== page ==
6. St Nicholas Street is where you’ll find Rag & Bone, another of my favourite haunts. If you aren’t into junk just pass on by! Directly opposite Rag & Bone there is a fabulous and rather regal water fountain set into the wall of the covered market. It looks like a very young Queen Victoria unlike the more matronly version (oops!) found near College Green, Bristol.

7. After dipping into R & B let’s head to the water! You’ll probably find a set of stone steps to head on down to Baldwin Street. You need to use the crossing to cross to the other side of the road. There are choices to be made here. You can walk on through to Queen’s Square and beyond OR you can walk along the cobbled street which is Welsh Back. Unfortunately due to buildings placed at the edge of the river there aren’t any great views along this stretch of water, just the odd glimpse. Eventually which ever way you choose to walk you will end up on a road called The Grove. Turn right along here there are some good places to eat (I love sitting out on the decking with a glass of wine and a platter at the River Station). Unfortunately over the years the Mud Dock has been rather inconsistent with its foodie offerings. Head on down to the bottom of the road (the Arnolfini will be directly in front of you on the opposite side of the road) and take a left turn. A bridge is coming up.

8. The newly renovated Prince Street Bridge will take you over the river Avon. Take a right turn onto the quayside and you cannot fail to notice the massive industrial cranes which make the harbour so iconic. Head past the M Shed  (if you wish you can while away some time learning about Bristols industrial past here). Bristols links with slavery is sadly not very pretty. Very Soon you will become aware of an area on your left which is very new to the harbourside. Wapping wharf is a development of shops and eateries. There are also a number of places to eat and buy art etc.. housed in shipping containers (how apt being a port city). We could have chosen to eat Spanish, noodles, fish, and any number of delicious foodie offerings but decided to carry on walking.

9. Journey’s end! We ate a bacon “doorstep” overlooking the grey water at “Brunel’s Buttery”. Unpretentious, it has been serving up delicious butties since 1980. Delicious!

10. If there was time you could follow the quay along to the SS Great Britain or you could hop on a ferry boat (either to cross to the other side of the Avon or for a leisurely pleasure cruise) Remember your 4 hour parking slot!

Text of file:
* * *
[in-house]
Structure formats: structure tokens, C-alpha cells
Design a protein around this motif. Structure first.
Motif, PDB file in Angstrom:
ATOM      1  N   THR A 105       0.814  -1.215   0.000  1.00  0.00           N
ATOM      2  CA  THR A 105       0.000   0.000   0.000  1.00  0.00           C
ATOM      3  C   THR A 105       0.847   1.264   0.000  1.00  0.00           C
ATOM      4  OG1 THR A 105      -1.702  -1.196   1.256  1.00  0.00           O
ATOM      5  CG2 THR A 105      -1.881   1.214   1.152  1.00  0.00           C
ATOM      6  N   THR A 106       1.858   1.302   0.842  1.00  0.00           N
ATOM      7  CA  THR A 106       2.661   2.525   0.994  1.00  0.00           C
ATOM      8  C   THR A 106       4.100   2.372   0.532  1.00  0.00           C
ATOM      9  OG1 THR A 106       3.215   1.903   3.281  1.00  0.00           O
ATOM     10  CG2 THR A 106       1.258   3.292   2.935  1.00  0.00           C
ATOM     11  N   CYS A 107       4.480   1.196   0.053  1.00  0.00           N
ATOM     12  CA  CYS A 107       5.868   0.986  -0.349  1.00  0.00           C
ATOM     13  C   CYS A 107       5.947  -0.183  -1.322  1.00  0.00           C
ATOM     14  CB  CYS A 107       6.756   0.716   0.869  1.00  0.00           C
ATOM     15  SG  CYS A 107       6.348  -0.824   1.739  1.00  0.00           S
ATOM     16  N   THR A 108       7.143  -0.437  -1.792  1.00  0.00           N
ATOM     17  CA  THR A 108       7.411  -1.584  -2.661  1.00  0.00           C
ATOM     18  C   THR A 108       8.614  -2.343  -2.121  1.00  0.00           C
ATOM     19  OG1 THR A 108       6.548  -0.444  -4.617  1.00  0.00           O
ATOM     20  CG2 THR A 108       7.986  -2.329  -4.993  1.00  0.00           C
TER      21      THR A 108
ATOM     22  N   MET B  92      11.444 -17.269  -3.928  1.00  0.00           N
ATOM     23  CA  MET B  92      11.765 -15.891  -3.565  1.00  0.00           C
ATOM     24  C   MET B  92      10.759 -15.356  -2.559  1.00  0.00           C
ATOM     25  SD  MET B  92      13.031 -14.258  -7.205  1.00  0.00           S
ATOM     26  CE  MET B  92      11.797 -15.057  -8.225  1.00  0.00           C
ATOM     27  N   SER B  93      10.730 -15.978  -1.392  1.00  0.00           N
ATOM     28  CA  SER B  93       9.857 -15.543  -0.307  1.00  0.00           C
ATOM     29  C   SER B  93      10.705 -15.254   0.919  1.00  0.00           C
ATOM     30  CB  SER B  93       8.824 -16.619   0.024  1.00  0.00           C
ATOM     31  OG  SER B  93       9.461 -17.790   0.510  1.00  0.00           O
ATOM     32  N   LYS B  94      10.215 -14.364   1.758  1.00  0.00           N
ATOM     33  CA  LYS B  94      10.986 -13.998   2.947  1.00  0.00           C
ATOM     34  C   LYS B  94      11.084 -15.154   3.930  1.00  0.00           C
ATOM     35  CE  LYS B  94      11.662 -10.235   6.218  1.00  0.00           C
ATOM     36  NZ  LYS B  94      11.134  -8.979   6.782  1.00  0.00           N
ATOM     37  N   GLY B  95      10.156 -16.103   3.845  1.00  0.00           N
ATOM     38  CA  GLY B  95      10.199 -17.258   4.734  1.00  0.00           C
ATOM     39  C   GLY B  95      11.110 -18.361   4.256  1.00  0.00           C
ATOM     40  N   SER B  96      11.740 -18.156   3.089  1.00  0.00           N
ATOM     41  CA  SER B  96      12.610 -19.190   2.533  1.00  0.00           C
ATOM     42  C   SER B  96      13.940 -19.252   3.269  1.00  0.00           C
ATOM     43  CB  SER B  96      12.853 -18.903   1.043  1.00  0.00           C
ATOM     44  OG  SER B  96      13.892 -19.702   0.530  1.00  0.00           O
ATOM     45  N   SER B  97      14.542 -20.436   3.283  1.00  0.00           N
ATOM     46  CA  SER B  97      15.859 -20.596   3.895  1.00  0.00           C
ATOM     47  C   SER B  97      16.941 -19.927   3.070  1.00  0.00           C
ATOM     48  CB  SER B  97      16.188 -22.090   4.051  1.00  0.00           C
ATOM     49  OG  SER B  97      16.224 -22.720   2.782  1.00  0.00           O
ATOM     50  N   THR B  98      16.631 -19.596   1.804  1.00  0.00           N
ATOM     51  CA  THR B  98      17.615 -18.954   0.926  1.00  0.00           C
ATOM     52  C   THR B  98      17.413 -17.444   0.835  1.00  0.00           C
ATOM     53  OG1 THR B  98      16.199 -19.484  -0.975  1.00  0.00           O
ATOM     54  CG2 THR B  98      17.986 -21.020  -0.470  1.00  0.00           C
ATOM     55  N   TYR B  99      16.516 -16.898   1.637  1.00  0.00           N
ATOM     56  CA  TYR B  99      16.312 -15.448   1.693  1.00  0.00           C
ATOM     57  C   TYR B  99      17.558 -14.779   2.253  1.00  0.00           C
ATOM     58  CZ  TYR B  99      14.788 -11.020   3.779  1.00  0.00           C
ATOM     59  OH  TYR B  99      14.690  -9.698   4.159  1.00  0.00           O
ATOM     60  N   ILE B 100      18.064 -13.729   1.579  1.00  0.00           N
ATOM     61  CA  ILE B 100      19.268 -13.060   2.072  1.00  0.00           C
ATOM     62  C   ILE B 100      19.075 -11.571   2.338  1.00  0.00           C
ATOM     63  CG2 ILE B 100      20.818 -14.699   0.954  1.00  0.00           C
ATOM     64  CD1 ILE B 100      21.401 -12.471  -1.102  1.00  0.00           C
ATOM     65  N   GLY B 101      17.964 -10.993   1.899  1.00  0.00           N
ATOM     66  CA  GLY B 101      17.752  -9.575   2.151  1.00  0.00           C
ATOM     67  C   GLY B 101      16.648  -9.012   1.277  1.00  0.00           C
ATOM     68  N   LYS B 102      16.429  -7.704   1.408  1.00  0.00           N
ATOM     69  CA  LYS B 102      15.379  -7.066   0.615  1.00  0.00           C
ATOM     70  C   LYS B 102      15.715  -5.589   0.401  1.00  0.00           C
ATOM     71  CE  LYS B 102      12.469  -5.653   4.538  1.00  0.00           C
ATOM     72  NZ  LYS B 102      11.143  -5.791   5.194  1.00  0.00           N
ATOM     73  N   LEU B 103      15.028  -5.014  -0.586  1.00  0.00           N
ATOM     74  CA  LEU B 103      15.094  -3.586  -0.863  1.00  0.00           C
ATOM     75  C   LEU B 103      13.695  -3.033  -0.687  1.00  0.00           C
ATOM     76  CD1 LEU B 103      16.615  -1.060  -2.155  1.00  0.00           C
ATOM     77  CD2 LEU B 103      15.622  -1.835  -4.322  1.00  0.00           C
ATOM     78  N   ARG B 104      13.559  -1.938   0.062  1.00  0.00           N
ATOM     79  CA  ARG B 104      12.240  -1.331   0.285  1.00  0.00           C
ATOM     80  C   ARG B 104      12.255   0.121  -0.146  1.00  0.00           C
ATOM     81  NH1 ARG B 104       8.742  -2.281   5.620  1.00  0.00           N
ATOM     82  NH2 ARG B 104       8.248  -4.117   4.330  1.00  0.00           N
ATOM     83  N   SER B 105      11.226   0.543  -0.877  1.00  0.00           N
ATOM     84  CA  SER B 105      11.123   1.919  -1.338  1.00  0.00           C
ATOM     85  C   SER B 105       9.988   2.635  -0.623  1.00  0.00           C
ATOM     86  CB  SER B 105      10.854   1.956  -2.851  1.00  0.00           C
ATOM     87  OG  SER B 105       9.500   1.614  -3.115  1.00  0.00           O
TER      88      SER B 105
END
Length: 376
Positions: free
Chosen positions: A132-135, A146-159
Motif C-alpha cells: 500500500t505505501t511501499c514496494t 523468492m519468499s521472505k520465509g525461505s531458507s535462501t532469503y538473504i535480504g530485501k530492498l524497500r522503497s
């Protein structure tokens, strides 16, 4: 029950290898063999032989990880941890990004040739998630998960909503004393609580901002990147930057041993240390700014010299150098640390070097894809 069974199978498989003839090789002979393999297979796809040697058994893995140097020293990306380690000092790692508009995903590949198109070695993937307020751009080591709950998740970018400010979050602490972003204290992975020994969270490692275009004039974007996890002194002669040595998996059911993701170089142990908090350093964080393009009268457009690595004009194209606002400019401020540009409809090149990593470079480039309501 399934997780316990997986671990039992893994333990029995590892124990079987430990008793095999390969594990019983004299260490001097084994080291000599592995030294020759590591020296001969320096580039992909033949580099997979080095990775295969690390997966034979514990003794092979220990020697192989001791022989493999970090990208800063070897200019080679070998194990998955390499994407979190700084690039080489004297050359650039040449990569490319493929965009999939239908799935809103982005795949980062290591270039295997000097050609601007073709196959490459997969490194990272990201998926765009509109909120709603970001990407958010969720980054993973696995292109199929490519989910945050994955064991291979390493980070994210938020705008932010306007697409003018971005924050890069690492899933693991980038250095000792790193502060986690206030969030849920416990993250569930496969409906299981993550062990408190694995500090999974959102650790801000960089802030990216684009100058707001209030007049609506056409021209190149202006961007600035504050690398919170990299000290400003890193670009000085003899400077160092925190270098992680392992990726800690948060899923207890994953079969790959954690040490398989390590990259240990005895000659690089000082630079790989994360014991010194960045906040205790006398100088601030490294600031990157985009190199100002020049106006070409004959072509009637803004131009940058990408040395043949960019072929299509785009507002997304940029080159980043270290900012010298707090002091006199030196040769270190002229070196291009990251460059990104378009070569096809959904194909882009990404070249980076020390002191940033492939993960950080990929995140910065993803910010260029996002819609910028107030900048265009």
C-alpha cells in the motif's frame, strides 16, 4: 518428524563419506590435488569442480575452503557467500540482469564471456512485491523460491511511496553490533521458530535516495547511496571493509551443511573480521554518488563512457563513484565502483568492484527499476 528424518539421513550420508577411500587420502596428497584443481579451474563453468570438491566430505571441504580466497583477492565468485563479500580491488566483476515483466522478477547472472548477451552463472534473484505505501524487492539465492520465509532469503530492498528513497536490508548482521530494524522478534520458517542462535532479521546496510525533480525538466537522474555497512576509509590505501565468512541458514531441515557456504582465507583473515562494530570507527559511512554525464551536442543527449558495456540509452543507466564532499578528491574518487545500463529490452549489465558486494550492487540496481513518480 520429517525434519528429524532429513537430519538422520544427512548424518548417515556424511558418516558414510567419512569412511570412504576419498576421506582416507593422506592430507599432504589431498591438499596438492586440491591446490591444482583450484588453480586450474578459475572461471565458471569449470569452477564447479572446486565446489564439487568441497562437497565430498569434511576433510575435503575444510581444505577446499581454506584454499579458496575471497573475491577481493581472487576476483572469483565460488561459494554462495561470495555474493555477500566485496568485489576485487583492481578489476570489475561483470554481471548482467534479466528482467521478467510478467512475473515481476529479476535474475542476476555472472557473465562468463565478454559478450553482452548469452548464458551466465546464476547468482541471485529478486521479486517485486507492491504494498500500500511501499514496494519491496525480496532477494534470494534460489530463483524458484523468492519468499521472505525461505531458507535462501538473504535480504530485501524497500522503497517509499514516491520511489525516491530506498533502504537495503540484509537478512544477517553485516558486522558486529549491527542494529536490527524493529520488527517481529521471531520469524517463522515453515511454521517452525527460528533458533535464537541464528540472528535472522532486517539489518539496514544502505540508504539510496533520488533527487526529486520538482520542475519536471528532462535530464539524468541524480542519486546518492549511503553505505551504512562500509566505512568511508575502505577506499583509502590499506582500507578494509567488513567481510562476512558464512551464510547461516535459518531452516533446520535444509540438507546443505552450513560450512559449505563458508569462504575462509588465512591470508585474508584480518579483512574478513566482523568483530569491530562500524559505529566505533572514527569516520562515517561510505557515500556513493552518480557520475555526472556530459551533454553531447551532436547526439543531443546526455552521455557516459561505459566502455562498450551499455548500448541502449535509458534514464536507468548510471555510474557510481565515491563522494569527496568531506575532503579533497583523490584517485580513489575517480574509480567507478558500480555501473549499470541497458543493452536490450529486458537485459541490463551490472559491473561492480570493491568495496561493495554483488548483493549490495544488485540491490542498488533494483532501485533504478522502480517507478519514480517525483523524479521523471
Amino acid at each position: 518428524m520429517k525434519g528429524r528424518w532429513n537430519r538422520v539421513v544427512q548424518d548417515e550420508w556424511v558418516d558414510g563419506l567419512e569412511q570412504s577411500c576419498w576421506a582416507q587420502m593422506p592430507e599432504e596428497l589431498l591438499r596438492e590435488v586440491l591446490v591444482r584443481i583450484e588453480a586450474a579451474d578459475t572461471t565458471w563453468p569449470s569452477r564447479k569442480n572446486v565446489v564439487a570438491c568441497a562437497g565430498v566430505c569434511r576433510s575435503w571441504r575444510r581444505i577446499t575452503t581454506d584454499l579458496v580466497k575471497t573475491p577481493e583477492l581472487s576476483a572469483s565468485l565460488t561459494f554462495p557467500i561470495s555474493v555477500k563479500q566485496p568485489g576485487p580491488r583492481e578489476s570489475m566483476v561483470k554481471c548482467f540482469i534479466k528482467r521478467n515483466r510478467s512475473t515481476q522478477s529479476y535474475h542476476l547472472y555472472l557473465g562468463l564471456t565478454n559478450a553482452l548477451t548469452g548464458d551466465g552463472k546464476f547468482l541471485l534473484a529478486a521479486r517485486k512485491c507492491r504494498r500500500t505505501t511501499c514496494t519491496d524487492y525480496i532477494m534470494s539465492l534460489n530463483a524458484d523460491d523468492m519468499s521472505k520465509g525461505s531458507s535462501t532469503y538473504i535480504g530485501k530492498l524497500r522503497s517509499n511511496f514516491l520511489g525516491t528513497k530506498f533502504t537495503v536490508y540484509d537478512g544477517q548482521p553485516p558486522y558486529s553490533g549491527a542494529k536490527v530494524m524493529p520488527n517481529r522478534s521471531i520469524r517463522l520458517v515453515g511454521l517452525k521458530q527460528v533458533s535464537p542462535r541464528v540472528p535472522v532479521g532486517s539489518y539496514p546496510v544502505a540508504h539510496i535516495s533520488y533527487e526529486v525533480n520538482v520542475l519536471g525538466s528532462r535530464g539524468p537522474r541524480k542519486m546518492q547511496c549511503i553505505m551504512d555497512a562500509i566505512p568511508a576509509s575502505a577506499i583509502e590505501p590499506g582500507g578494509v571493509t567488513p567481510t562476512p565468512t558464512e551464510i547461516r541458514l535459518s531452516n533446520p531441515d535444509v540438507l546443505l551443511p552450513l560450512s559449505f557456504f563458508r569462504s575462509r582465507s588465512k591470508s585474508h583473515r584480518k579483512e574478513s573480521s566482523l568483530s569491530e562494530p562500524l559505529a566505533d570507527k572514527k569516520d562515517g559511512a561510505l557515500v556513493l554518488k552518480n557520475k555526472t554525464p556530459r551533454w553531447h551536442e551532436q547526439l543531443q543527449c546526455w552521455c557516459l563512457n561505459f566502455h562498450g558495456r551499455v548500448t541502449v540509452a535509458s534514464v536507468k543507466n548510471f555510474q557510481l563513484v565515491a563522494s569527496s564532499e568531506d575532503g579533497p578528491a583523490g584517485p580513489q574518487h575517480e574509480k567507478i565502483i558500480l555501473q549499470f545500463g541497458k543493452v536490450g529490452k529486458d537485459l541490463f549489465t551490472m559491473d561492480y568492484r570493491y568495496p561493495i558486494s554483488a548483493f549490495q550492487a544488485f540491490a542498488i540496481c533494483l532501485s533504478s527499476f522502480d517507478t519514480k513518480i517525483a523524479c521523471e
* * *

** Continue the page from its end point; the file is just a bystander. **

11. Our way back. In short, we headed back over Prince Street Bridge and took  a cobbled left then right, taking us past the front of the Arnolfini. Through the centre, through Broadmead shopping centre and into Cabot Circus (new shopping centre). We eventually arrived at House of Fraser (second level of shopping centre needed). Emerge by crossing to take you across the A4044 (Newfoundland Road). Directly across from you is Pritchard Street which will magically take you back to Portland Square and your car (hopefully minus a parking ticket!)

This might not make any sense at all, and I apologise in advance. My map reading has always been a little below par especially when I mistook a river for a road whilst on a journey with Andyman! Please let me know how you get on if you decide to walk this trail and i’d be grateful if you could share with any Bristol walkers, foodies or junkophiles!

It was a really lovely walk and many thanks to Karen for taking all the cobbled twists and turns with me. It certainly blew away the cobwebs.

More Dig Haushizzle!,Rocking Dog

More Dig Haushizzle!

Bookworm Paradise,Rocking Dog

Bookworm Paradise

Christmas Steps,Rocking Dog

Christmas Steps

St Nick's,Rocking Dog

St Nick’s

Pretty Cakes &...,Rocking Dog

Pretty Cakes &…

...Pretty Flowers!,Rocking Dog

…Pretty Flowers!

Regal Fountain,Rocking Dog

Regal Fountain

Love R & B!,Rocking Dog

Love R & B!

A Favourite View,Rocking Dog

A Favourite View

A Lost Rocking Dog Fortnight In Pictures.

The Rabbit, Rocking Dog & The Wardrobe, Rocking Dog

The Rabbit, Rocking Dog & The Wardrobe

Where have you been Rocking Dog? Chasing my tail, yes chasing my tail! Broken sleep has meant writing my blog has been difficult to contemplate. That doesn’t mean to say I haven’t been busy, I have managed to find some creative fuel! So this post is dedicated to the lost Rocking Dog fortnight.

Last week I took my 86 year old neighbour clothes shopping in Bath. I hope I have as much style and verve for life as Molly if I’m still around at 80 plus! In between octogenarian Gok styling, I managed to nip into “Anthropologie”. I left Molly downstairs with a VERY patient and friendly member of staff whilst I legged it upstairs for knobs. Sale knobs were quickly chosen, Bloomsbury inspired ones for my Bloomsbury inspired painted doors and whimsical porcelain rabbits for a wardrobe (more on that later!) We ended our trip in Waterstone’s. Molly was so happy…with her bags of clothes and books. Good job!